It’s not easy for someone like me—a member of a spiritual group in which the devotees wear all white on ceremonial occasions, perform ablutions before meditation, touch our heads to the floor before a ritual meal and obey the Master of the Path without question—to sit through the first parts of Sound of My Voice, much less be interested in seeing it at all lest it make me squirm right out of my preferred movie theater seat, C22 in the handicapped section of Arclight Hollywood, the most legroom in the galaxy.

Granted, the secret Sufi handshake of my group isn’t as elaborate as the one in SOMV, but nor is it particularly secret.  A sort of cross between a bro handclasp and a kiss, it is elegant enough to be performed quickly on the street; it doesn’t even look like a secret handshake, more like the Middle-Eastern equivalent of a European air kiss, which is what it is: very Arabian Nights somehow, or how Crusaders in an esoteric brotherhood might have met or left each other in medieval Jerusalem.

I’m waffling about this handshake because it is central to SOMV, as are many of the common elements of cult-ish societies, be they Mormon, Freemasons or college fraternities.  These elements are woven deftly, organically into the twists of the script, co-written by the film’s star, Brit Marling, an enchanting talent whom I am now beginning to suspect of sorcery given how unlikely and exceptional her brief career has been thus far.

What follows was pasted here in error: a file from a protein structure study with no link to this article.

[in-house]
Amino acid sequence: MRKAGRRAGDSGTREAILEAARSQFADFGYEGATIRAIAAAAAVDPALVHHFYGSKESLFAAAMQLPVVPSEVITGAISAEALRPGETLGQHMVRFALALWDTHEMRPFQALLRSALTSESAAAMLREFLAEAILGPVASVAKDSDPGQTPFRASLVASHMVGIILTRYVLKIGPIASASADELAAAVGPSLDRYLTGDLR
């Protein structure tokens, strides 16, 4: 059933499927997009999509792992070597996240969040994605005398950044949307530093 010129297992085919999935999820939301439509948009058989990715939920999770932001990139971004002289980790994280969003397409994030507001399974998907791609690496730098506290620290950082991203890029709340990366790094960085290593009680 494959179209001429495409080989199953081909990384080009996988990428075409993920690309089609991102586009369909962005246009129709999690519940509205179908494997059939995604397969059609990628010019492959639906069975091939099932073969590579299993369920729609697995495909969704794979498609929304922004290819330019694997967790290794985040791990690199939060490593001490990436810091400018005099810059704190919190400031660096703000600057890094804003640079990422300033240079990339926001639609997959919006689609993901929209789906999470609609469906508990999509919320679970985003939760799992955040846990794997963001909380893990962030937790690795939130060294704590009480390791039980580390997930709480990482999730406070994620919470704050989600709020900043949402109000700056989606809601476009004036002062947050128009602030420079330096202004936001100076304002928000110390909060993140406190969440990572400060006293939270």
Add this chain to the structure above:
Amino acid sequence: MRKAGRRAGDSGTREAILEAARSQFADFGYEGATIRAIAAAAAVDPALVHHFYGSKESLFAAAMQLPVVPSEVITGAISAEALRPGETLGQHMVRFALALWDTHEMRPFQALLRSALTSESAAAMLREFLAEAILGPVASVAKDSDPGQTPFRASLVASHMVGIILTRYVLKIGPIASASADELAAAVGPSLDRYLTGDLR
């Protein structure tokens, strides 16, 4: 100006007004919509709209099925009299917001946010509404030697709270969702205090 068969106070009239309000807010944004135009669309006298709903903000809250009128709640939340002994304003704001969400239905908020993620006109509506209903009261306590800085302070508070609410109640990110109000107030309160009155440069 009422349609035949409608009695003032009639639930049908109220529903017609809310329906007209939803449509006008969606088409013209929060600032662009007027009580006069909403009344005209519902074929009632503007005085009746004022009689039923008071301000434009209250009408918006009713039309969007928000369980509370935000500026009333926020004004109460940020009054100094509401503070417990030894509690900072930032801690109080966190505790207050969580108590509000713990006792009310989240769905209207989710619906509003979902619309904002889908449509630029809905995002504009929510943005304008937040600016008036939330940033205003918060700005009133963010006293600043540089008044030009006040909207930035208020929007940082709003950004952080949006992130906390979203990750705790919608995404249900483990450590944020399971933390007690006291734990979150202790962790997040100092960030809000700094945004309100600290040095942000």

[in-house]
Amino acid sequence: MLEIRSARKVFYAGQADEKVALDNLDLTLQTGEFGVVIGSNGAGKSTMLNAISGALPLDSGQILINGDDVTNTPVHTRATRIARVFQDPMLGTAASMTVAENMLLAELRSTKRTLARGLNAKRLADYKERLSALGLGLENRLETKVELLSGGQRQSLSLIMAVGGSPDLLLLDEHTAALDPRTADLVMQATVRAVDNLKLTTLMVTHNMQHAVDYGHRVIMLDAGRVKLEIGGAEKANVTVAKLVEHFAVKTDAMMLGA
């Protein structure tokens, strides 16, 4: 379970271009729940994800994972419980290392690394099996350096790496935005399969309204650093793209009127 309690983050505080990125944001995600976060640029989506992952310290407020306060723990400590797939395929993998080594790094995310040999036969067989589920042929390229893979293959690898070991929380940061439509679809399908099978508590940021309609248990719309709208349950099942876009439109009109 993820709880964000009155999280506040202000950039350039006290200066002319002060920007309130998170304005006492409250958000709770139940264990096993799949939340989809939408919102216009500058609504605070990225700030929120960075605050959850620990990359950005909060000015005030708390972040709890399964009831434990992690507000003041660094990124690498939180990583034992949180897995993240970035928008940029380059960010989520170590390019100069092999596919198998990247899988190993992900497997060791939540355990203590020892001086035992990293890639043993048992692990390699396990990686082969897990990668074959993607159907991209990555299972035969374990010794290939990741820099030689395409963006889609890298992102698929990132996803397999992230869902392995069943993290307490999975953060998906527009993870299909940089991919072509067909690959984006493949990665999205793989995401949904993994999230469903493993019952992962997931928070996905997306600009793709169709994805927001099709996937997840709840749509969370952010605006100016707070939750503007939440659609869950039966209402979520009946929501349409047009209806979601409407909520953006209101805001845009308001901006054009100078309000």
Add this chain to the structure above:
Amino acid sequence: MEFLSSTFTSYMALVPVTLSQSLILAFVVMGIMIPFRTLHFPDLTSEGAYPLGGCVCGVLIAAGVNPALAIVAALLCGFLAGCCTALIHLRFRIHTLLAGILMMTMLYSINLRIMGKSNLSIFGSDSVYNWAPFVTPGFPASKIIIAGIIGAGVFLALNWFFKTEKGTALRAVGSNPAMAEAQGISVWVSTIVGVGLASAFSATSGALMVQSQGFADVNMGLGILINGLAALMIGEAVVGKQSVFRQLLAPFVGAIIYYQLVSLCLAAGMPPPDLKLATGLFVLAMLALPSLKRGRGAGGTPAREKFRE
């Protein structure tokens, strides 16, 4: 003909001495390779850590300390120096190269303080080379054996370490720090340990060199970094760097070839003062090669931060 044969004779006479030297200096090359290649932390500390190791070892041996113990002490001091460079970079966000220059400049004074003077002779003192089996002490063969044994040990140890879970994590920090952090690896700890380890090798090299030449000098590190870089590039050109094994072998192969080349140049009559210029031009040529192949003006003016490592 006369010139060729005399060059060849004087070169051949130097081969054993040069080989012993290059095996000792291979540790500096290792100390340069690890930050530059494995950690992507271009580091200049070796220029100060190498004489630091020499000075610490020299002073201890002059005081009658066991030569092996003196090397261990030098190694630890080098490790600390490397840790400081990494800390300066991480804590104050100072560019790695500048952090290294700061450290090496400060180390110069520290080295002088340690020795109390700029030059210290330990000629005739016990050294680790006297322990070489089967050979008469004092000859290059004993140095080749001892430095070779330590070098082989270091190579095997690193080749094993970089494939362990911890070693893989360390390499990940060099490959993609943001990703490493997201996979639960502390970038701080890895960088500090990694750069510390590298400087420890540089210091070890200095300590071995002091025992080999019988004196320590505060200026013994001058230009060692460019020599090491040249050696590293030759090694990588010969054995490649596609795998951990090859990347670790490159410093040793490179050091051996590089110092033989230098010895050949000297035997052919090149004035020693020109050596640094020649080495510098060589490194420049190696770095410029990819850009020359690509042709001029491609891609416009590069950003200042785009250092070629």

A handshake like cat

I called it wrong in my review of Marling’s Another Earth, which she also co-wrote and produced with Mike Cahill.  Given that she’d signed with CAA just after the release of that film, I was convinced we’d see her in more commercial fare going forward, that she would abandon the hard scrabbling of low-budget indie filmmaking.  Instead, with SOMV she has made a companion piece to Earth, shot in the same lo-tech style but with another director, first-timer Zal Batmanglij.

I was able to relax quickly and not take the weird cult thing so personally when the superficial ritualistic similarities caved under more fundamental differences.  My group’s particular form of Sufi practice is atheistic, and any kind of magical thinking is actively discouraged; the point of our path is to still the mind’s torments through silent meditation, and to crush any demonic behavioral tendencies by exorcising them with love.  In SOMV, the devotees, and by extension the audience, are asked to believe that cult leader Maggie, played by Marling, is a time traveler from the future.  This impossibility is the fulcrum on which the plot so cleverly whirls.

The difficulty about revealing too much of that plot in a review is it might give away the twists on which the films relies to carry you forward; there are even fewer visual and dramatic pyrotechnics here than in Earth, even if it feels more seamlessly directed.

Peter (Christopher Denham) and Lorna (Nicole Vicius) are a couple trying to escape the banalities of their LA lives by uncovering a sinister cult that holds meetings in a willfully nondescript basement in the Valley.  Peter is a teacher by day, Lorna an aspiring novelist who can never finish a book.  If they don’t complete this mission, whatever the dangers, then the next thing they know their twenties will be over and by extension their entire lives.

From the point of view of a middle-aged person, this is a risible proposition, but thinking about it further this anxiety might be a legitimate imperative if you happen to be in your twenties and have a particularly Logan’s Run-like perspective on existence, i.e., that life ends at thirty.  It’s still a pretty weak motivator in the face of such perils as making a clandestine documentary exposing a cult that is arming itself against an apocalyptic future predicted by its wacky leader, but I allowed it for the sake of seeing what happens next.